Talk of Colin Kaepernick’s rumored Nike AF1 collab leads LL to discussing his favorite sport and his stance on Rodney Reed’s conviction (14:21).

Noah Thomas: But in bigger news than the collab dude. He had some practices, some practice workouts. So some brands came through. I mean, not brands. No, that’s how you know I don’t do sports.

LL: Scouts.

NT: Scouts pulled up and hopefully man, hopefully he gets on a team. It’s about that time.

LL: I like him too.

JD: He knows more about sports. You’ve played football players as well. Several times.

LL: I’ve played football players. My favorite sport is boxing. That’s my go to sport. I’m the dude in the barber shop when it comes to boxing. And that’s one I can sit there and talk all day.

JD: For sure. But yeah, some other news as well. Rodney Reed’s execution has been halted. We see you’ve been active in social media about that as well.

NT: That’s massive.

LL: Anytime, if they don’t have all the facts straight and somebody is potentially innocent, you can, and I say this respectfully, but you can always execute a person, but you can’t bring them back to life. So to delay it a month, three months. I mean, whatever it takes to make sure that you have your facts straight before you go down that road, I say is always the right thing as a human being. Like, I mean, we don’t want around run around taking out people that could potentially be innocent.
And you know with the Colin Kaepernick thing I hope that he can make it back into the NFL, but at the same time there’s a lot of debates, that raised around how he handled that workout. You know what I’m saying? And I wouldn’t never disrespect him and I totally understand because I’m a black man in America.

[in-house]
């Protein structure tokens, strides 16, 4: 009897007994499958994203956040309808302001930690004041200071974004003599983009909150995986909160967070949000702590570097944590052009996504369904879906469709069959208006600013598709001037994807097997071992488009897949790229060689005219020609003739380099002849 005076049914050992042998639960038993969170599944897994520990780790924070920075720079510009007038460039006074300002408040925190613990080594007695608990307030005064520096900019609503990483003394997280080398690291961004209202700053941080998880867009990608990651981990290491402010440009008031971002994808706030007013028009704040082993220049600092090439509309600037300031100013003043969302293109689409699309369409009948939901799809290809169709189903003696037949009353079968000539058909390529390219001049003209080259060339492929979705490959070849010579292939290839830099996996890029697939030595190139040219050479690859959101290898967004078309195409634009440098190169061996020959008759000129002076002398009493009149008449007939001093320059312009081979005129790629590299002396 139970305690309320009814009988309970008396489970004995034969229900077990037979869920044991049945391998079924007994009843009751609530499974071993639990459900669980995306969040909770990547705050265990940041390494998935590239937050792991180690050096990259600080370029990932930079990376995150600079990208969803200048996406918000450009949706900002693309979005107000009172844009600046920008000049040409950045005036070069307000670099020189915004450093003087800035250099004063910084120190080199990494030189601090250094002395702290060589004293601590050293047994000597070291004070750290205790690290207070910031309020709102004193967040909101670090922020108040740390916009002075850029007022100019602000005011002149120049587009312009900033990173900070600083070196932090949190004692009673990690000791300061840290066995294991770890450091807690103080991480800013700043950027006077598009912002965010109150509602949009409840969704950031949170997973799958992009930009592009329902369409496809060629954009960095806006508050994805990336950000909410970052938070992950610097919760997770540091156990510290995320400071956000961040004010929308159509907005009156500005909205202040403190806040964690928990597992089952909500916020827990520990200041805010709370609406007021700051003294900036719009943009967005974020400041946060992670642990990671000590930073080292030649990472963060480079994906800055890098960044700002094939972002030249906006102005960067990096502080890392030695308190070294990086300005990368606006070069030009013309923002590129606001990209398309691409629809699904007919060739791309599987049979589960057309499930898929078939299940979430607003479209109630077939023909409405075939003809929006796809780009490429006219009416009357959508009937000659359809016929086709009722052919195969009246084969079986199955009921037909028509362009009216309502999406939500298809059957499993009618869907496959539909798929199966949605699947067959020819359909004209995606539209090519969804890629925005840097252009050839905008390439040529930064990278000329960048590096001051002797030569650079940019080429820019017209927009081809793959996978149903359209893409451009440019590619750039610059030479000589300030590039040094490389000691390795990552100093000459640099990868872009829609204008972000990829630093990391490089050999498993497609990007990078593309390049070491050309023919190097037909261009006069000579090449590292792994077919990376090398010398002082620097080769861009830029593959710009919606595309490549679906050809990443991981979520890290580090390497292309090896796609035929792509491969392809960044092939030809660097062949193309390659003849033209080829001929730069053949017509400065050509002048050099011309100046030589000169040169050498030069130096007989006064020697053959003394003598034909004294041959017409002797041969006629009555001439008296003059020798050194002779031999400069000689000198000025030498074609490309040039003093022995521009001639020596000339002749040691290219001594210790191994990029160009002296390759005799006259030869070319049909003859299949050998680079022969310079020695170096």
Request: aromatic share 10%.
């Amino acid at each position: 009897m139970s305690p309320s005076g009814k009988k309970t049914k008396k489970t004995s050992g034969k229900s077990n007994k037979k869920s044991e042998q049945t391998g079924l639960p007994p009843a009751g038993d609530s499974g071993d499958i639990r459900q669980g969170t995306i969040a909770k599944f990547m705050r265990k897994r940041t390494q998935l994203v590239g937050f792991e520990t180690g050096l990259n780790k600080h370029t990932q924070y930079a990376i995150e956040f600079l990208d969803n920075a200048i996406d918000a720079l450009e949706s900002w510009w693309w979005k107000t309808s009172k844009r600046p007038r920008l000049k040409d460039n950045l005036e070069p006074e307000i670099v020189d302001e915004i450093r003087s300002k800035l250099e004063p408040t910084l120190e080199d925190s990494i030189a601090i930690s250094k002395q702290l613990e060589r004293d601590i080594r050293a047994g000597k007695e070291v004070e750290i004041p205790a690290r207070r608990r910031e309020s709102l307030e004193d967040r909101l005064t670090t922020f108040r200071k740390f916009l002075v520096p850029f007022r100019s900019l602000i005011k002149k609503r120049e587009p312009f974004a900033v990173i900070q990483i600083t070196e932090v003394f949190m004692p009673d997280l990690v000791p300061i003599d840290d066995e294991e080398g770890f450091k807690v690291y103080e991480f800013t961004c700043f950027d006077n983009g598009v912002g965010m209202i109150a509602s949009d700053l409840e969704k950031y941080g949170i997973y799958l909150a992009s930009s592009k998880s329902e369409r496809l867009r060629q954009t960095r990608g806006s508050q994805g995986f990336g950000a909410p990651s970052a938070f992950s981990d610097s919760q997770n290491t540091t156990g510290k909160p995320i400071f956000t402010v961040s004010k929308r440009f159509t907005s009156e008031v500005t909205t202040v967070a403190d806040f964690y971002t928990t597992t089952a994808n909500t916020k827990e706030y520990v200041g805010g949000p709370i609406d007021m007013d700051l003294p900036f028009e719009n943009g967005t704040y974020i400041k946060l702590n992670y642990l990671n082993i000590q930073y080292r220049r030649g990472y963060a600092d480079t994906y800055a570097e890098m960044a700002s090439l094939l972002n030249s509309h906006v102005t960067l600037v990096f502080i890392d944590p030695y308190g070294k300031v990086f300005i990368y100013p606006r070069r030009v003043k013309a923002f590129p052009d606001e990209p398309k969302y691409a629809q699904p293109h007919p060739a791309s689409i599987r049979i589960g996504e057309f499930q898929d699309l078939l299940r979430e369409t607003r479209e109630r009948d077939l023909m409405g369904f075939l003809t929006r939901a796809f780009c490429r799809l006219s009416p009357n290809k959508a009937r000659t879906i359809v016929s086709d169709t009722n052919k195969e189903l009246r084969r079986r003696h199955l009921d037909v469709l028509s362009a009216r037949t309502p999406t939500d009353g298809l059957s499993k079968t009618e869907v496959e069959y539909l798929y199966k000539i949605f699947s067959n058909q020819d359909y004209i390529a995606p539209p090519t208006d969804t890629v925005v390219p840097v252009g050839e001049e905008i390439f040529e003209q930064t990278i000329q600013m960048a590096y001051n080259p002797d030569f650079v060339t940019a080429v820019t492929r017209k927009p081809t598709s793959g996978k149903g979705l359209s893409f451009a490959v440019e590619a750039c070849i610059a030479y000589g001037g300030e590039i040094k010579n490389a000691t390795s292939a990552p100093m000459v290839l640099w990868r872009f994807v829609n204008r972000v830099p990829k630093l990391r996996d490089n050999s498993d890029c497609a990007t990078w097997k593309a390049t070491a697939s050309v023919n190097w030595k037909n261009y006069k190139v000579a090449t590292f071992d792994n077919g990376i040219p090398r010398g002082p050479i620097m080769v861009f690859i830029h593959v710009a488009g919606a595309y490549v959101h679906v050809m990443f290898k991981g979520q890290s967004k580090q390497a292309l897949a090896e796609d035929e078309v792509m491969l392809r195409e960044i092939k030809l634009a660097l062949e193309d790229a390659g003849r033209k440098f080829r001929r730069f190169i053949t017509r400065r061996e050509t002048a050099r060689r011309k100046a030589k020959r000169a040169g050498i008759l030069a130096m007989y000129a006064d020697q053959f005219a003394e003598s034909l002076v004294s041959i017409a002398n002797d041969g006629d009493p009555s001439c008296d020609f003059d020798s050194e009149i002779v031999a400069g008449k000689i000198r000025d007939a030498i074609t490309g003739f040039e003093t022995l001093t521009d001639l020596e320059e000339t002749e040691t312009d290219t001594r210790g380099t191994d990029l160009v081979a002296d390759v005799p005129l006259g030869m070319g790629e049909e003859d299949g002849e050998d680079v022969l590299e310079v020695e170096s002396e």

So everybody’s feeling threatened, but it’s just everybody’s threatened by something different. So I think we really have to think about these things as we’re moving forward and understand and be able to put ourselves in other people’s shoes, even shoes that make us uncomfortable.

On that note, LL breaks into Ice Cube’s “You Can Do It” as the cast moves on to Lyst’s best collabs, viral products, and brands of the year, which includes the revival of (un)comfortable clogs (19:03).

JD: The heel out. I got mules on today, so LL Cool J and LL Mule J right here.

LL: Listen, listen. They look great on you. That’s your vibe.

NT: That’s my vibe.

LL: Yo, if you catch me in some mules, karate, just give me a flying kick in the chest. My feet are too big.

NT: You can do it, man.

LL: I can’t do it. You can do it, put your back into it. You can do it, put your back into it. Put your back into it.
If I put them joints on —

NT: You might be shocked.

LL: I might forget my ABC’s.

As the source code of trends, LL talks his clothing line FUBU while playing a game by the name of “LL’s gonna have to do it to these style meatballs” (24:20). If you get it, you get it.

LL: Y’all saw that on Twitter huh? Do it to the meatballs. We got to do it to the meatballs. Okay.